Coolin’ Up – Another Sailing Season

November is a capricious month in Maine, prone to going from September to December without much notice.  I had been stretching the sailing season this year since I was home more, but the combination of frost in the mornings, short days, and the demands of work finally pushed me over the edge, and I decided to take her down to Mike, who will haul Tycha and store her.

I went for it on Friday, figuring a strong northerly and a fair tide would sluice me out of the river.  I was more than halfway down when I remembered to turn on the motor, which I didn’t need but the bilge pump would.  Both batteries were dead, and I could start me no engine.  So I turned around and battled my way back uptide and upwind, past The Gut in South Bristol, past the shipyards of East Boothbay, up through The Narrows in the thick of the tide and the dying of the sun.

With sunset, my wind faded, and I managed to ghost her (it’s full moon, so I had enough light to see) back to my cove, 7pm and shivering, but I had to row her in.  Thank God I had the dinghy with me – not usual, but I would have needed it to get ashore at Mike’s – and I simply rode it ahead with the bow line under my heel, and stroked again and again until I had enough momentum to bring the 35’ heavyweight into the dock and tie her off.

Saturday morning the wind came up early and Tycha was pulling at the traces, water splashing over the dock and the lines tugging in a fresh westerly.  Knowing I was underdressed and underequipped for the strong predicted wind, I nevertheless trusted me and Tycha under whatever conditions the sea could throw at us.  Hubris.

Down the river again – but with a fresh battery and engine power in reserve – and the wind was strong but certainly handle-able until I came out of the lee of Heron Island; then 30+ mph of wind bore down upon me without advance notice.

Too much wind – it doesn’t happen very often, and it’s a little hard to describe. Suddenly a challenging but calm sail turns dangerous and heart-pounding, with the rigging shrieking, the boat on its side, difficult to maintain a course, and breakage or swamping a real possibility.  My body tenses, hard and short. The noise is overwhelming – the whistle of the wind, the sails flapping, the hardware jittering and clattering, the thump of the waves on the boat, the thunge of the sea (I stole that from Annie Proulx).  Why hadn’t I put on my safety vest with its harness?  Why hadn’t I worn my boots?  I turned the engine on, I will admit, and took the one angle I could take in the confused cross-chop of the whitecaps and swell the wind was already setting up.  At this angle, the waves were sending gobs and plumes of spray over the cockpit, and I was drenched wave after wave in that phony ‘throw a bucket of water at him from the wings’ Hollywood way.  I was laughing, but shivering too – this is November and close to freezing.  Things break in this weather.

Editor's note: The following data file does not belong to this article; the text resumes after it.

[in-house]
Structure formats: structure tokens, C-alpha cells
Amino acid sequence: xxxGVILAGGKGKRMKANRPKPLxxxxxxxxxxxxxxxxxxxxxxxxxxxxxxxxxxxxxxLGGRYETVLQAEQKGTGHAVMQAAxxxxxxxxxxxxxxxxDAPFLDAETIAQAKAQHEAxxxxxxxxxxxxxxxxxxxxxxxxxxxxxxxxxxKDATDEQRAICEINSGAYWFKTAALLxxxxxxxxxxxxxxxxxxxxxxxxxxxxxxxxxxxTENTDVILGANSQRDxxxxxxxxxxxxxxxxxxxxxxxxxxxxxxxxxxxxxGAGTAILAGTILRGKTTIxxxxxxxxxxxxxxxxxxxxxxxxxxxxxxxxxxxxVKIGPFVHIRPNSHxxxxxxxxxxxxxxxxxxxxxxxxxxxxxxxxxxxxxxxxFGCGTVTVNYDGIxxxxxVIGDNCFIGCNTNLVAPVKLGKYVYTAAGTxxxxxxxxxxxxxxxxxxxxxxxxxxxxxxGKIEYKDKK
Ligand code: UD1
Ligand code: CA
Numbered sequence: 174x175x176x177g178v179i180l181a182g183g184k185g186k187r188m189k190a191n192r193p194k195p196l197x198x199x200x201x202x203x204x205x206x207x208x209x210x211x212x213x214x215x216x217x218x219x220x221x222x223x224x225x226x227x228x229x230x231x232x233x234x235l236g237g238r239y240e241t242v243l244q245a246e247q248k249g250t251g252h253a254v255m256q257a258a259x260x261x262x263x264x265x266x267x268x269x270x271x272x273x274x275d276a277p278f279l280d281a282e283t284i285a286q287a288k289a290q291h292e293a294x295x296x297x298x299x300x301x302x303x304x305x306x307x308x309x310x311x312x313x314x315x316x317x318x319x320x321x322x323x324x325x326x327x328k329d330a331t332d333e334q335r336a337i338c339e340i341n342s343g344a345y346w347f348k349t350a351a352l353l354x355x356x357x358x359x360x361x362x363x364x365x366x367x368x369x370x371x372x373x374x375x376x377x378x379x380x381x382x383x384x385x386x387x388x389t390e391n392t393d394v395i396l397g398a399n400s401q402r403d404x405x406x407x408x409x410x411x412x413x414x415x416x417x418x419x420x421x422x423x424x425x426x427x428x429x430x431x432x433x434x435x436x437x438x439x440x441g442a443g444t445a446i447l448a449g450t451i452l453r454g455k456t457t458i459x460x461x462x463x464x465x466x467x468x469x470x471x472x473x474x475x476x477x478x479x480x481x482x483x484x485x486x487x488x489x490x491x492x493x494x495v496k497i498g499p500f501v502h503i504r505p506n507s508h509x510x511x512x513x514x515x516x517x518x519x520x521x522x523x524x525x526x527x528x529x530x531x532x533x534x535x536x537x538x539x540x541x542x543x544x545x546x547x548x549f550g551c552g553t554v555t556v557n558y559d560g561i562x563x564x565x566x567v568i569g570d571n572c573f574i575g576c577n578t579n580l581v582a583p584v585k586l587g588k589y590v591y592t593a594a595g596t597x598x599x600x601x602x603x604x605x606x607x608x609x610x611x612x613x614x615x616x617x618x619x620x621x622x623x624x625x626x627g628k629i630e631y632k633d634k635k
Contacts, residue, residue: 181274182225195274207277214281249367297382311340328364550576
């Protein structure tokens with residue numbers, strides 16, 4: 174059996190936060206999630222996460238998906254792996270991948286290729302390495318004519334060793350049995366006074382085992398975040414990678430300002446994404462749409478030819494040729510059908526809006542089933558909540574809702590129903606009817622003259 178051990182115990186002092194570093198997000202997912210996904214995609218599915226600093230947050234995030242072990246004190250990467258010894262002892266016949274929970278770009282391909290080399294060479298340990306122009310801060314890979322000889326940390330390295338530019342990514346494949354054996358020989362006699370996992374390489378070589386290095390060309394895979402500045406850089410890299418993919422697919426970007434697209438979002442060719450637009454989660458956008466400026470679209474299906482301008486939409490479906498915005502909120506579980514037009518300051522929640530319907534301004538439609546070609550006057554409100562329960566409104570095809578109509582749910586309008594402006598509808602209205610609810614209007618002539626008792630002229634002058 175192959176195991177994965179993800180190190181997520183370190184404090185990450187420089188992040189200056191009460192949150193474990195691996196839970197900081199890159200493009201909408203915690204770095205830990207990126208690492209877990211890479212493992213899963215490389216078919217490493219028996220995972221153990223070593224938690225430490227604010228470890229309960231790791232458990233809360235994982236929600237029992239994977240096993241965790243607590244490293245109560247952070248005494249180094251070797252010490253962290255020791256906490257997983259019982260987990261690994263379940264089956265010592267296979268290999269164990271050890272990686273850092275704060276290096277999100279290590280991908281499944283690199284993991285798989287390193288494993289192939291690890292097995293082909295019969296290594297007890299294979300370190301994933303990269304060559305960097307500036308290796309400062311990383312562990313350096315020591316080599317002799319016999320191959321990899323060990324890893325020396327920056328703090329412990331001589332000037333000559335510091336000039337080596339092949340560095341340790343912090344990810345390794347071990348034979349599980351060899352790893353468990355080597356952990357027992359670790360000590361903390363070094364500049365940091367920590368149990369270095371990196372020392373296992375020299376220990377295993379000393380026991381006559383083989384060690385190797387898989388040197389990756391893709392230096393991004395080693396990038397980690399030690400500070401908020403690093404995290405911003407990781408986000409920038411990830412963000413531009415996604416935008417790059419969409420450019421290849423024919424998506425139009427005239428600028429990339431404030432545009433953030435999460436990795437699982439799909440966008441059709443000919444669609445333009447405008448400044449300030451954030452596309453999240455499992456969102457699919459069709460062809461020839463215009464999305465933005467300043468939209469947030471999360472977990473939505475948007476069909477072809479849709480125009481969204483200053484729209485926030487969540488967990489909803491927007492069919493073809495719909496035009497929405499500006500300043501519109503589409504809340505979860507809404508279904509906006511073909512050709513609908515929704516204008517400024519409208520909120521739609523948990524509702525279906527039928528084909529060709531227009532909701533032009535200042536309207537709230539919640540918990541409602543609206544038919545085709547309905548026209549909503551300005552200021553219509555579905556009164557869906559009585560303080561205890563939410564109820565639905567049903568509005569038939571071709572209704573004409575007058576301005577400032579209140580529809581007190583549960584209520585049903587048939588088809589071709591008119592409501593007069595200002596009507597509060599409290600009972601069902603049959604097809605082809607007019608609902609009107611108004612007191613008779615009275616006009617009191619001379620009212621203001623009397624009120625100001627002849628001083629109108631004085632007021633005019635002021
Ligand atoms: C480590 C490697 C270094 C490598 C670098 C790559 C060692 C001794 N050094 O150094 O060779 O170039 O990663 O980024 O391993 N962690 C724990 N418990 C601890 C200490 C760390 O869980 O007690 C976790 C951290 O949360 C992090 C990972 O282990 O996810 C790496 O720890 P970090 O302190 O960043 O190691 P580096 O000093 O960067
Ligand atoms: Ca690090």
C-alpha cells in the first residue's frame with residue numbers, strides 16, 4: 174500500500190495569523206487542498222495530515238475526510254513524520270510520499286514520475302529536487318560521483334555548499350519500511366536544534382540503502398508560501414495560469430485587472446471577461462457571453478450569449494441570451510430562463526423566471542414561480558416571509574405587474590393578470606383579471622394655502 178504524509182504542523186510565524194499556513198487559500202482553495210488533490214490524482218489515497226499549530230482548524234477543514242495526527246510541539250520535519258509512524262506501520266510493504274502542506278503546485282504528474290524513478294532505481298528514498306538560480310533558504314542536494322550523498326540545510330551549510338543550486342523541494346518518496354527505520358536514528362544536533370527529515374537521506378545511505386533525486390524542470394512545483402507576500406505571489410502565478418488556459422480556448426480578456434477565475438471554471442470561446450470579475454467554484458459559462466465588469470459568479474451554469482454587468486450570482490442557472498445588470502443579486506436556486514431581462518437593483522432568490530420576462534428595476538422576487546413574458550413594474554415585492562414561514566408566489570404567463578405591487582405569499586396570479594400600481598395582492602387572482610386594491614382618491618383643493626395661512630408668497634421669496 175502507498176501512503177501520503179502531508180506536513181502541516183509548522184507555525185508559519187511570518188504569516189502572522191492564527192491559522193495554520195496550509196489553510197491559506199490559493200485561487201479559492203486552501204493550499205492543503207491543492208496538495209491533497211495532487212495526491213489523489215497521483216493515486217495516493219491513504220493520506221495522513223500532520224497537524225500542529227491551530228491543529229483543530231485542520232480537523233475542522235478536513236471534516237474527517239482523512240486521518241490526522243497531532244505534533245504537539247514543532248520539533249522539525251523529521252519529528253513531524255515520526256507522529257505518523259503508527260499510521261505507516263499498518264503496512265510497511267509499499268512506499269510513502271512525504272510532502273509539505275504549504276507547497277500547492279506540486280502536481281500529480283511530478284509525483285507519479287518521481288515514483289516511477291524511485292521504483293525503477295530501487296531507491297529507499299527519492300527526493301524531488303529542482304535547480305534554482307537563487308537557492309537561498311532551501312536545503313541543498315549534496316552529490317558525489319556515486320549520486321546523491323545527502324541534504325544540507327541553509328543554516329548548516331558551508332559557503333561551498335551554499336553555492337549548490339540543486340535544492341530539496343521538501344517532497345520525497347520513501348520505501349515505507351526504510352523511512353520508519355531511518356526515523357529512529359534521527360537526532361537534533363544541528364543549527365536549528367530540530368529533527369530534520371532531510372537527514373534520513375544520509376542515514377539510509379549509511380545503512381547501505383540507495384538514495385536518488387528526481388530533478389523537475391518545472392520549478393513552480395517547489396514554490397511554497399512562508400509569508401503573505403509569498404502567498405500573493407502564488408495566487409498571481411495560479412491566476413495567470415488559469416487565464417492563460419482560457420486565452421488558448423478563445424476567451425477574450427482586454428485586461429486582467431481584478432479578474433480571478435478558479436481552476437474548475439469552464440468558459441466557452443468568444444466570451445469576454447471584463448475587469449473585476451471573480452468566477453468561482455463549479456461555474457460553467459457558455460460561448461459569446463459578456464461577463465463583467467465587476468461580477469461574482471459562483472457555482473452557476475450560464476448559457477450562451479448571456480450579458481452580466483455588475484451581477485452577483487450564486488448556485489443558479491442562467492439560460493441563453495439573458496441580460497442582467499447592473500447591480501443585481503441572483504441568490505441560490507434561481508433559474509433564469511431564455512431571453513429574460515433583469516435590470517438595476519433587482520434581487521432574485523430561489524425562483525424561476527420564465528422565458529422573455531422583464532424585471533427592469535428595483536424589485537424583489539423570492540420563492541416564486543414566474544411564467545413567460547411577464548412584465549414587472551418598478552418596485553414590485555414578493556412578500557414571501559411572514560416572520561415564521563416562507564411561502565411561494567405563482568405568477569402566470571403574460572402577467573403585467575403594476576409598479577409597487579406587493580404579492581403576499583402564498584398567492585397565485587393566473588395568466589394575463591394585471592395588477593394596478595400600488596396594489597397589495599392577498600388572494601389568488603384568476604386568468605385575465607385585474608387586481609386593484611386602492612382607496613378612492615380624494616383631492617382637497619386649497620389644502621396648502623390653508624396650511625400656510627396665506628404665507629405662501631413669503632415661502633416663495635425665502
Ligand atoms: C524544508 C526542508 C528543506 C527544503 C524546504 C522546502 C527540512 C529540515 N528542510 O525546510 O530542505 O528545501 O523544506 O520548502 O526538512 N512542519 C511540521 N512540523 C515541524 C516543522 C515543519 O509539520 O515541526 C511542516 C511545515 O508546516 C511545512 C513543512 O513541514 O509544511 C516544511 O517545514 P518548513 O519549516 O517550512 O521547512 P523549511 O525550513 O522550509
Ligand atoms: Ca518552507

There was nothing to do in such a wind but angle her out to sea to get some sea room, and then try to handle her.  As I avoided the Devil’s Washbowl, cleared Trumcap’s rocky point, and headed for the White Islands and the open sea(thank God that was the angle I could make), I couldn’t help but hear the whispers: Fool! You are the only one stupid enough to be out here in these conditions.  Don’t expect any help if you are thrown off or lose a sail.

I had furled the jib, which you can do from the cockpit (though with difficulty in this wind), but I could not leave the wheel to get the mainsail down since she was pitching so much and had to be kept at a precise angle to the wind.  The dangers are: don’t stop! if you stop, you cannot steer, and are at the wind’s mercy and can be knocked down (so the sails touch the water).  Fittings can break in these conditions.  I wanted to be angling downwind, but with the full mainsail up, that was too dangerous.

So I did the only thing I could – keep her headed out to sea at about 45 degrees to the wind.  After 20 minutes or so, the first blast abated – not much, but enough to get her through the eye of the wind (with the help of the engine), coming about onto the other tack.  In this tack, I could angle downwind, and I flew back (at more than 8 knots sometimes, even though under main only) through the Thread of Life and into John’s Bay.

Sheltered by the peninsula of Rutherford’s Island, the screaming winds were no longer accompanied by the choppy seas.  I was able to fly right up the bay into Poorhouse Cove to wave hello to my Dad’s grave on the slope of the Harrington Meeting House – “Thanks for the gift of sailing, and here’s to you at the end of another season” – before climbing up the wind again past Witch Island to the mooring field outside of Mike’s.

As I turned off the GPS for the final time and pocketed it, I noticed that the odometer had reached exactly 1111 nautical miles for the year.  That’s a pretty good amount of ‘therapy’ (as Mike calls it – he’s right, it is my most expensive and most effective therapy) given the business constraints of this year of years.  Sorry to put it away, but therapy is over until spring, and I must turn my attention to the task at hand: cleaning up our act for the coming decade.


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